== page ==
In this latter group, the figures reveal that seven per cent in this band are in larger firms and 21 per cent in the smallest firms. 

It’s simple: succession and retirement are major issues for solicitors. It’s a vital issue now and one that will continue as the bow wave of younger lawyers do the inevitable and get older. 

R-Day: An event not a process

What happens when a sole practitioner wants to retire? What happens when a partner in a top 100 law firm hits retirement age? 

Arguably, the two questions are, in effect, focused on two completely different business models where the only unifying factor is the giving of legal advice. 

So it makes sense to view the issues that arise through the lens of their different challenges. Typically, a sole practitioner is faced with a choice on retiring: find a successor (whether that’s a member of the firm or another firm) or close the firm and buy run off professional indemnity cover. 

The examination of these options is the same as any other business person seeking an exit. There are questions of identifying successors, the valuation of the practice, the terms of a deal.

A failure to find a successor leaves the default option of run off cover and the closure of a practice. 

One word springs to mind when I consider this: ‘Plan’ – both as a verb in the sense of making a plan, and as a noun in the sense of having a plan.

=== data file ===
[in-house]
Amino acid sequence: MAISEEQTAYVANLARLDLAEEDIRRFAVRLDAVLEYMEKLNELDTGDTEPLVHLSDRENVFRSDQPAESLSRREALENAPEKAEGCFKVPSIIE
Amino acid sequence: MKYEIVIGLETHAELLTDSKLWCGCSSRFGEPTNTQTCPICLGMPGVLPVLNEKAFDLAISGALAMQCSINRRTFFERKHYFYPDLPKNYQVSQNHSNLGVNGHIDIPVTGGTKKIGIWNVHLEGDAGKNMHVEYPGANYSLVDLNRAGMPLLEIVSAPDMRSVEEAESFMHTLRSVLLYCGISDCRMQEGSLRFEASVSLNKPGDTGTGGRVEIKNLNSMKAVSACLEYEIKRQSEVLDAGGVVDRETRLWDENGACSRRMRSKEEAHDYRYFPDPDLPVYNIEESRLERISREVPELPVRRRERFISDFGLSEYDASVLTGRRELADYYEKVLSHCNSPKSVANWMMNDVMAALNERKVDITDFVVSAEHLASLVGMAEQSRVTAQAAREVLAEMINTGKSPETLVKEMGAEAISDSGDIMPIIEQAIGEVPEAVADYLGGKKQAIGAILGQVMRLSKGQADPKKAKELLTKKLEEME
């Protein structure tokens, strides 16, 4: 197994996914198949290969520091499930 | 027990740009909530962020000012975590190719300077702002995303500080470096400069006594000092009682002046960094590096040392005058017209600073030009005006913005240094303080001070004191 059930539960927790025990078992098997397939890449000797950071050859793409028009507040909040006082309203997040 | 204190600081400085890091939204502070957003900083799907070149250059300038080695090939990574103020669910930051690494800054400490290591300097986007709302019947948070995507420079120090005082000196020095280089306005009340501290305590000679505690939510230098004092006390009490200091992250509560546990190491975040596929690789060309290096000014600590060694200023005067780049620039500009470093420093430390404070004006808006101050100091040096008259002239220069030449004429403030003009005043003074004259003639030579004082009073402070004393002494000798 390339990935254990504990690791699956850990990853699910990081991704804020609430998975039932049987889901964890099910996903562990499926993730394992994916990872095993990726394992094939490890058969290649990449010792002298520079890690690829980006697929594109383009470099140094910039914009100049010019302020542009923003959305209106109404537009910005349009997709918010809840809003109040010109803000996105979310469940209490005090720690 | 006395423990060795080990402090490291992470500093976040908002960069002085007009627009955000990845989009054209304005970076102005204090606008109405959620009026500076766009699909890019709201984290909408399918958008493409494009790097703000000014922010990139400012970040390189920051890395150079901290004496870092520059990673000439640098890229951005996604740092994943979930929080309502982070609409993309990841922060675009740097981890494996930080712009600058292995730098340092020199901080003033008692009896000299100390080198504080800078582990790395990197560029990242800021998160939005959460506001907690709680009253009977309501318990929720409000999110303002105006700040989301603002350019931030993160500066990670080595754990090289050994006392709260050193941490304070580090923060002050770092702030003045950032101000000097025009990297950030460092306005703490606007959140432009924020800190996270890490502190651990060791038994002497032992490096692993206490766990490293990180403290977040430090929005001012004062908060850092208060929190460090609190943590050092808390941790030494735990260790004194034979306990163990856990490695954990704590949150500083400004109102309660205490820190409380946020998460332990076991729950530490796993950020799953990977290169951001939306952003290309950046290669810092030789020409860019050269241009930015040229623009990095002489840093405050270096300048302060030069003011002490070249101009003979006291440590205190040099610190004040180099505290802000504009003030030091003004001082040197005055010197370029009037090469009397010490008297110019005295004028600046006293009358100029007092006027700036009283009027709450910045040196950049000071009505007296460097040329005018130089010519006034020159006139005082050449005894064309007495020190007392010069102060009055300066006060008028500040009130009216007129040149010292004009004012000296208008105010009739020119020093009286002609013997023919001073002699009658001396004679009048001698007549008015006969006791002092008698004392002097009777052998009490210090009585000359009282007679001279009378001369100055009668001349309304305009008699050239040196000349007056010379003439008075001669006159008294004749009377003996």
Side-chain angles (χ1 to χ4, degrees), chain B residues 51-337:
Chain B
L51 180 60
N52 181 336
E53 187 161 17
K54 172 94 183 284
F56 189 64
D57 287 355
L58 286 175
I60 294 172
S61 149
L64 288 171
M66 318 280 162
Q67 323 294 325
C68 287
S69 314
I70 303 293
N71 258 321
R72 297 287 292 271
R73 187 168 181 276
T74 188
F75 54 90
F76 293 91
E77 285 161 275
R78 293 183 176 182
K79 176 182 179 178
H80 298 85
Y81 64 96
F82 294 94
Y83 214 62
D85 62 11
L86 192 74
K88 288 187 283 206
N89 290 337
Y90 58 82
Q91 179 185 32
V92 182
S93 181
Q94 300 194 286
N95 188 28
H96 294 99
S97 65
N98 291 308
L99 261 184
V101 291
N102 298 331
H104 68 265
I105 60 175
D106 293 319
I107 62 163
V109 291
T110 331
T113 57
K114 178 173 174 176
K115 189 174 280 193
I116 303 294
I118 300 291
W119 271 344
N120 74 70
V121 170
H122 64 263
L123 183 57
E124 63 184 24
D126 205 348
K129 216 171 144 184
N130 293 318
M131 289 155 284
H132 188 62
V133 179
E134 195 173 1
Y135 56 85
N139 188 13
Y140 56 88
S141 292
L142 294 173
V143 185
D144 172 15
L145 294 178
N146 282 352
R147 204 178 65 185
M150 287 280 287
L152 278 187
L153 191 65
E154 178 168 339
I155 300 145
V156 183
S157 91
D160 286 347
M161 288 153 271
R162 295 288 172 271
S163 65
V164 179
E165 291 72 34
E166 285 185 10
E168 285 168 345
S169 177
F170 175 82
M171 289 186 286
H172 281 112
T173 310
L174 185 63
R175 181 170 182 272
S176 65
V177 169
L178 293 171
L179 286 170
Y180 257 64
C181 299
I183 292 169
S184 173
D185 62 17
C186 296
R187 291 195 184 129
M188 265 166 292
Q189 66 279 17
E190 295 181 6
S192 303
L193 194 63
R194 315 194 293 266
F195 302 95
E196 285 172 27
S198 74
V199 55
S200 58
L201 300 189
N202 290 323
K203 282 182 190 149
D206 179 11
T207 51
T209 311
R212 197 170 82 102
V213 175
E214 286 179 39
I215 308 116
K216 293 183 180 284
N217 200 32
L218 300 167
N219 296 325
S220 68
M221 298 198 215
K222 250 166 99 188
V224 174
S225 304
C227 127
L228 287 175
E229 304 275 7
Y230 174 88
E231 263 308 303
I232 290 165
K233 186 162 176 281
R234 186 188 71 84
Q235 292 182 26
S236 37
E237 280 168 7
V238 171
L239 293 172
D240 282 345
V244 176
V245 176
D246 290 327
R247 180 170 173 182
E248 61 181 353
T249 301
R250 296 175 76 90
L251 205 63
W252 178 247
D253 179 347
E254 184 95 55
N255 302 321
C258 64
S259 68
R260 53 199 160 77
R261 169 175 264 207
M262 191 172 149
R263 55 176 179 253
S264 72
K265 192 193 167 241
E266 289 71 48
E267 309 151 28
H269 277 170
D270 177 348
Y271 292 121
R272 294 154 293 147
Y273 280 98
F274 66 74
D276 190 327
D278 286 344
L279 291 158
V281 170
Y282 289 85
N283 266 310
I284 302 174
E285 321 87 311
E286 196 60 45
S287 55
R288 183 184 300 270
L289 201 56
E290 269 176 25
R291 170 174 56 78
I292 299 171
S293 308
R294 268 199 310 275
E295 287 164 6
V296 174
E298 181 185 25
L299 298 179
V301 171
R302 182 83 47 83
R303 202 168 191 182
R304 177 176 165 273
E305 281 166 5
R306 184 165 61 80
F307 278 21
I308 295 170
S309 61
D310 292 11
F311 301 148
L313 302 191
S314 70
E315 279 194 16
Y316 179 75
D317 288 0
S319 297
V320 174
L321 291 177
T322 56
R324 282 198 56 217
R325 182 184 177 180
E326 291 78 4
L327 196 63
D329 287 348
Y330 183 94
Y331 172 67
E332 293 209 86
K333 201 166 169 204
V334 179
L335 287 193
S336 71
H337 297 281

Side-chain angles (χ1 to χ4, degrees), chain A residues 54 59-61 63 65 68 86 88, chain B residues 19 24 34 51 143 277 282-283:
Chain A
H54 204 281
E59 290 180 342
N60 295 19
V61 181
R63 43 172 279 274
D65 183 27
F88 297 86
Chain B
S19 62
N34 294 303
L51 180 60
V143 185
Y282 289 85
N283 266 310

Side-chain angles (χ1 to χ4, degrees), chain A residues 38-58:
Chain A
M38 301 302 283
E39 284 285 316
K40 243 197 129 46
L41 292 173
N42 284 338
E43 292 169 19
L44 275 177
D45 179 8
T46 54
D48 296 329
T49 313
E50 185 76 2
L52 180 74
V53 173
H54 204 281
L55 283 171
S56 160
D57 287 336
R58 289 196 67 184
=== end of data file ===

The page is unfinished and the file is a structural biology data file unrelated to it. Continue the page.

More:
An orderly ‘Lexit’ (sorry, couldn’t resist!) – exit from the legal profession – demands a plan. It’s the only sure-fire way to have control. As to the question of the retirement of partners from large firms, let’s consider the differences. 

First, there’s no worry about successor practice issues or run off cover to consider. That’s a big plus. 

However, the trade-off for this is the shared agreement with the other partners about when ‘retirement from the equity’ will happen. Making that agreement in your 30s or 40s may seem of little consequence. 

The due date (your contractual termination date if you like) is off into the distance, but all too soon ‘R-Day’ approaches; and as R-Day rears its head, questions about role, responsibilities, status and reward come into sharp focus for both the individual and the firm. 

It’s an unavoidable consequence of aging and of the business models of most larger firms, which simply need the equity to galvanise the next generation and bind them and their performance into the firm. 

Departure lounge 

There is nothing worse than getting to the airport and finding an empty departure board. No flights, no destinations – just a blank board. 

When a partner or sole practitioner comes to that moment, the moment of departure from their firm, it can feel like a cliff edge. An ending. 

As your retirement approaches it can create a sense of being in a departure lounge, but without a ‘next’ and you are an ‘other’. You were a partner, you were the practice principal. Now who are you? 

Another way?

Borrowing heavily from the world of financial services, which is very familiar to me, I’ve been thinking about the human lifecycle.